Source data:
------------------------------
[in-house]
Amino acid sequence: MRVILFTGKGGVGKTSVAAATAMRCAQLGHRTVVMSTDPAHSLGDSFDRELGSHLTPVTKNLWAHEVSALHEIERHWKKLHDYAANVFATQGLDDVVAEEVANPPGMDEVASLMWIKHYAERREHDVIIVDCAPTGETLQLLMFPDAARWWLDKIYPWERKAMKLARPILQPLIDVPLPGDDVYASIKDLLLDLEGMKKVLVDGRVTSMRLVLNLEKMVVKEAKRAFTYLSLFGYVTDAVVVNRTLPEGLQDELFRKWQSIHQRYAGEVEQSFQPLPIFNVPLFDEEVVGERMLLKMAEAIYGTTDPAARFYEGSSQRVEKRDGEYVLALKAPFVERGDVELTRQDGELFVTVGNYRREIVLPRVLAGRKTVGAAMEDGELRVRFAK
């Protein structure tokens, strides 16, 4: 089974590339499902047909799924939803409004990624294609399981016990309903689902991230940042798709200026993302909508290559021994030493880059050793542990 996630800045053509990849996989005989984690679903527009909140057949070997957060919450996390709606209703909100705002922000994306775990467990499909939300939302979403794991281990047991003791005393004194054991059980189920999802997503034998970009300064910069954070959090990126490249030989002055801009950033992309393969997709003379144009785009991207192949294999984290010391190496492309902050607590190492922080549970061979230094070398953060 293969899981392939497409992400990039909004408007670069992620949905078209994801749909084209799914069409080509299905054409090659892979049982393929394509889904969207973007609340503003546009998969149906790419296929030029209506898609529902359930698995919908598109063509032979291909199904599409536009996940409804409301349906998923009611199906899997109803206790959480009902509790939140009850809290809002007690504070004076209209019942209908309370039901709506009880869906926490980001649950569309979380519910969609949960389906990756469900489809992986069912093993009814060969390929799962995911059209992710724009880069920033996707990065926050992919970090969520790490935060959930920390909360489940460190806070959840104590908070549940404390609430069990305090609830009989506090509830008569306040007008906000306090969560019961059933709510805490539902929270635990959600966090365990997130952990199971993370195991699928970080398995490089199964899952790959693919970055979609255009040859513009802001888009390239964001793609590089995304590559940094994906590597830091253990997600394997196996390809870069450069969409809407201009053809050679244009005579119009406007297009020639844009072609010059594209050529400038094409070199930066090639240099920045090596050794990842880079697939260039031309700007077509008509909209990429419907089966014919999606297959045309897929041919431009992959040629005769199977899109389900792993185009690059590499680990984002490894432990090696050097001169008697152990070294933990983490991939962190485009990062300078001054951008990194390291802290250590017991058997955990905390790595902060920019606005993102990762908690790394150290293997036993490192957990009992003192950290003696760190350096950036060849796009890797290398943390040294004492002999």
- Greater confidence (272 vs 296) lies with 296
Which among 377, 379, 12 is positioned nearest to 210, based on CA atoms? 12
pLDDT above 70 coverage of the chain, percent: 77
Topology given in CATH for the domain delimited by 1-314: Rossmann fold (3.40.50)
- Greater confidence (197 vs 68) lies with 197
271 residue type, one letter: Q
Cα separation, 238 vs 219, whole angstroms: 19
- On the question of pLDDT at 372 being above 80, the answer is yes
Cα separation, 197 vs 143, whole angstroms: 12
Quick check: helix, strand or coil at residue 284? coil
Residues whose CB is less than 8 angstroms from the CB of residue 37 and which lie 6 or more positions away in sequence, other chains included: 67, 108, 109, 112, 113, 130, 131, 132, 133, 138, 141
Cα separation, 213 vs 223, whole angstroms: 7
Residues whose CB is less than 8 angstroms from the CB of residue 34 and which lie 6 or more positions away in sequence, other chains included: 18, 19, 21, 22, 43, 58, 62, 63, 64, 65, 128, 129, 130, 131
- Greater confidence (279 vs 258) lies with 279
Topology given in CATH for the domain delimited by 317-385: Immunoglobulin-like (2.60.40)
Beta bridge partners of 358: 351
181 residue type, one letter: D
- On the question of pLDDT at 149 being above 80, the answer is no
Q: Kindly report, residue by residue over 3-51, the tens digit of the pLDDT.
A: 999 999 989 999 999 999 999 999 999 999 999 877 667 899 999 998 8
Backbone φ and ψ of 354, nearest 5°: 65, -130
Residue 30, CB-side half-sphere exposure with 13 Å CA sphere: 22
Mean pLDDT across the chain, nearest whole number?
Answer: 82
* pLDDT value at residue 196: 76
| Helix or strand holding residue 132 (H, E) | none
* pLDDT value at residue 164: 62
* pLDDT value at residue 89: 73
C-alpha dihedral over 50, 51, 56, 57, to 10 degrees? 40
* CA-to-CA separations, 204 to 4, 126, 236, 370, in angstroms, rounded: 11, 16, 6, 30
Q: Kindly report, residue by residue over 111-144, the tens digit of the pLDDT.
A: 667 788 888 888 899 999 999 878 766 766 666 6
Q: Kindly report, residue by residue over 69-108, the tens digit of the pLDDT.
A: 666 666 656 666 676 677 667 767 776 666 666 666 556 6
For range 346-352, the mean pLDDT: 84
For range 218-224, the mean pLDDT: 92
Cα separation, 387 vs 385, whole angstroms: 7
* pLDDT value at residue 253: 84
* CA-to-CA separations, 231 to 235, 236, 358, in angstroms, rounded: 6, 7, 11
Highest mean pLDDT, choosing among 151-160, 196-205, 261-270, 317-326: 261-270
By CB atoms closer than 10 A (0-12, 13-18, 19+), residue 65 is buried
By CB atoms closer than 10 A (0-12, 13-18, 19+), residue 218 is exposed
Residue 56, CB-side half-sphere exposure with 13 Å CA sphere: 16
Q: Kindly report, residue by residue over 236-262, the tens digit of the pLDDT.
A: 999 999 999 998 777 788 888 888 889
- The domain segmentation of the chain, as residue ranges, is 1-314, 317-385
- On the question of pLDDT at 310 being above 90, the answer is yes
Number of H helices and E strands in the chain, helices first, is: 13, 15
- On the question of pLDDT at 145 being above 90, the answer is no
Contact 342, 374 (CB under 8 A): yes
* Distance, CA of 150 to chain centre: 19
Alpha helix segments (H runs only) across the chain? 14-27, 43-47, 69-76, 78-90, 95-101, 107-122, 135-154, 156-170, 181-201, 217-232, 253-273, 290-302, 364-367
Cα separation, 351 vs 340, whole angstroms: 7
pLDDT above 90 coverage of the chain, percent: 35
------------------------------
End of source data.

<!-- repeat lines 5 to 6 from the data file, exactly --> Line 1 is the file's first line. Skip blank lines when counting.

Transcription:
Which among 377, 379, 12 is positioned nearest to 210, based on CA atoms? 12
pLDDT above 70 coverage of the chain, percent: 77